Photography: Kana Okada
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    Brightly Striped Gift Wrap

    Bright stripes revive even your lamest wrap attempt much better than a sad pile of scissor-curled ribbon. Use fluorescent artist's tape or plastic lacing (that stuff you braided into key chains during recess as a kid). Colors really sizzle when they're contrasted against paper in a rich, muted shade, like brown or mustard, or a more organic texture, such as a marbled pattern (top right). Tiny cards with matching envelopes make nice gift tags, or you can multipurpose some mini sticky notes for a neat postmodern touch.

    Photography: Kana Okada
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    Nature-Inspired Gift Wrap

    Accenting sprigs, berries, and leaves with glitter, silver paint, or microbeads turns packages into natural wonders.

    Clockwise from top left: Tied up in a bow, mistletoe makes a truly romantic wrap. For a two-tone pair of magnolia leaves that makes a modern statement, combine a natural leaf with one that's spray-painted silver. Make holly pop against crimson paper by silvering the berries: Paint berries with glue, then sprinkle with microbeads. Seeded eucalyptus turns sculptural atop a silver box when the leaves are painted with glue, then coated with glitter. Cedar with a hint of glitter looks enchanting on a tiny box; lightly dust sprig with spray adhesive, then dip in glitter. Vintage string, in Silver; vintage ribbon, in Silver; and silk-satin ribbon; tinseltrading.com.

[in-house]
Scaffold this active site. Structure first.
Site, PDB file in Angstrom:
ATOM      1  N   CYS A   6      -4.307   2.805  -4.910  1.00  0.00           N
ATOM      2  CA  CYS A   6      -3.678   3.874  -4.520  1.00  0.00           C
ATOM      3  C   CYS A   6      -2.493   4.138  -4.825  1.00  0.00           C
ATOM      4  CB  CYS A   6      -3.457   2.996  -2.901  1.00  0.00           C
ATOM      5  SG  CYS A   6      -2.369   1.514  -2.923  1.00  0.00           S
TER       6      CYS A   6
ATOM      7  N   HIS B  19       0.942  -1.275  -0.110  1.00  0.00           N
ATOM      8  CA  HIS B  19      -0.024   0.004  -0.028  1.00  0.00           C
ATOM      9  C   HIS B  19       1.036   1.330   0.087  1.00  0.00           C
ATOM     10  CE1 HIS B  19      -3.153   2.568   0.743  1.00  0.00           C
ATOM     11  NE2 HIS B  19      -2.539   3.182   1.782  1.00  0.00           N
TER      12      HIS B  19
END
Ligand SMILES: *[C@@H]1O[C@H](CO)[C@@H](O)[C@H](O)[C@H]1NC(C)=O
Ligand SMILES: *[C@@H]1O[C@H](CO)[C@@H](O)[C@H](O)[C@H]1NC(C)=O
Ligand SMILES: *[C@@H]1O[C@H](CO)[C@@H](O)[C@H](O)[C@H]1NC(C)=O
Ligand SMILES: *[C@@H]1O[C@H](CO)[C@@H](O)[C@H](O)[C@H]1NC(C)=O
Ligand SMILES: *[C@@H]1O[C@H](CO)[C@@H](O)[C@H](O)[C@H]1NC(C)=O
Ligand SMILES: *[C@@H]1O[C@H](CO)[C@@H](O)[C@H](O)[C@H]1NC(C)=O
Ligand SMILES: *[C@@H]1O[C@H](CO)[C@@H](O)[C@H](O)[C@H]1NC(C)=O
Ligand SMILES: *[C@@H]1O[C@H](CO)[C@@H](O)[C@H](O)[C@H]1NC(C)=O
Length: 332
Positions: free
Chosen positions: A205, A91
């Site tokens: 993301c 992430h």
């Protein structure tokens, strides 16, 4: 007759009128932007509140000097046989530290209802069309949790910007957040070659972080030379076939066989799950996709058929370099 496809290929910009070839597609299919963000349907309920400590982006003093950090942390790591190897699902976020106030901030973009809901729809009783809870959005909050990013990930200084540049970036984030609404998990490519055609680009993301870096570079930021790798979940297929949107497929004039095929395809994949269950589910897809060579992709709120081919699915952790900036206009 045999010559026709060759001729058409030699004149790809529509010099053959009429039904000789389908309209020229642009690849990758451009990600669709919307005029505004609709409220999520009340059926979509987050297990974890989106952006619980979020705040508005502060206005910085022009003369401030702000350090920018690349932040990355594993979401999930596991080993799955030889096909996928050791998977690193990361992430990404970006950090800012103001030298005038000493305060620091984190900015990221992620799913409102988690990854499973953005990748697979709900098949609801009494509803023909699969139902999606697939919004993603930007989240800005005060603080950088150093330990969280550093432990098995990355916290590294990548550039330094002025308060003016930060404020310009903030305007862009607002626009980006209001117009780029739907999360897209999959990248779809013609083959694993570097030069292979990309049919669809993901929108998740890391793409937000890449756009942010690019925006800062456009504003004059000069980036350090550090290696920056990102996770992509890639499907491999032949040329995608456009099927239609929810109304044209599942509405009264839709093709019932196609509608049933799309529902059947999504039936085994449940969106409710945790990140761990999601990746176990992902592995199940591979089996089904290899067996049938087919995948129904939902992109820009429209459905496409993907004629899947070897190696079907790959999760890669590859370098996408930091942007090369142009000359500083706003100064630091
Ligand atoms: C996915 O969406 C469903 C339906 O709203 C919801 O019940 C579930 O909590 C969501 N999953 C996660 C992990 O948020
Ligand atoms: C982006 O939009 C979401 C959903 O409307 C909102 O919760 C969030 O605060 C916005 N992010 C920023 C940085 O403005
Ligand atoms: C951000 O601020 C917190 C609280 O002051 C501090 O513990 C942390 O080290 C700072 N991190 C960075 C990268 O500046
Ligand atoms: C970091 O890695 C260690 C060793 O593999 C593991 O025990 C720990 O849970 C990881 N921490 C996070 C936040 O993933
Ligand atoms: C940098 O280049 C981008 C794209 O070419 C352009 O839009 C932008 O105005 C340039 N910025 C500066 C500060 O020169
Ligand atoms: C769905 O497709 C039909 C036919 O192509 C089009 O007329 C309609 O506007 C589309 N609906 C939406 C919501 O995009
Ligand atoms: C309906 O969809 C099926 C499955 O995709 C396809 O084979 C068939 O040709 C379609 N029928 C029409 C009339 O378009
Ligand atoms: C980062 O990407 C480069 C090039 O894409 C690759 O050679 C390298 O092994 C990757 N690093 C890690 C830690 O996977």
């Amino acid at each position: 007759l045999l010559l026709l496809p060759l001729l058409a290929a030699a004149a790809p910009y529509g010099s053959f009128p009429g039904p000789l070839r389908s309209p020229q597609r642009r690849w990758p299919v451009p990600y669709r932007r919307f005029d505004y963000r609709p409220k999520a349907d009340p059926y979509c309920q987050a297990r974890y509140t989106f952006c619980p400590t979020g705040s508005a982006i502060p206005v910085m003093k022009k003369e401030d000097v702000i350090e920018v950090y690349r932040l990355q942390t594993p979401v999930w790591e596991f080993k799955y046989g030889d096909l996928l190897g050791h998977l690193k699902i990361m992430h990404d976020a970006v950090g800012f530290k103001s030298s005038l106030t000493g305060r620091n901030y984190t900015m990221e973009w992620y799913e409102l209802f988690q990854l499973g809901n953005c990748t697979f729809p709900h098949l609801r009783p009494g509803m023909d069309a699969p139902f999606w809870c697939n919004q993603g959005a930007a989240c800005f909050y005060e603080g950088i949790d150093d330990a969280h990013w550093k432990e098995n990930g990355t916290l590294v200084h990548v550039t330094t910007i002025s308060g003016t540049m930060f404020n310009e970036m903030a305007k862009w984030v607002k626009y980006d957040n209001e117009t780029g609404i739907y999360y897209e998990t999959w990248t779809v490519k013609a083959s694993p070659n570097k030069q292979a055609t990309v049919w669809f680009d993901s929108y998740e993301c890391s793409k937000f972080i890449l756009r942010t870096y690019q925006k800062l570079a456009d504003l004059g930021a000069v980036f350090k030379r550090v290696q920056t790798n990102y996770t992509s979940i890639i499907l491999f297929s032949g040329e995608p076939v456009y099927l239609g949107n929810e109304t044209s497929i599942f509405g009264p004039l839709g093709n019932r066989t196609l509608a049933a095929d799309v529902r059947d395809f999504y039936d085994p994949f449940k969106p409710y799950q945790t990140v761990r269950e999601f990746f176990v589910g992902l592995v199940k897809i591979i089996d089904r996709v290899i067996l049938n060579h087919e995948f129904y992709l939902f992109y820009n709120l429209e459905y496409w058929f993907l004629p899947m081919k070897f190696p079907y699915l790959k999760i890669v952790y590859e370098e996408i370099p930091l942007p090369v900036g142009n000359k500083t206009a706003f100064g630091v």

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Pot of gold coloring photo

Quiz Updated January 2015 Thinkstock As the.

Pot of gold coloring photo

Pot of gold coloring photo

Pot of gold coloring photo

Pot of gold coloring photo

Pot of gold coloring photo

Pot of gold coloring photo

Pot of gold coloring photo

Pot of gold coloring photo

Pot of gold coloring photo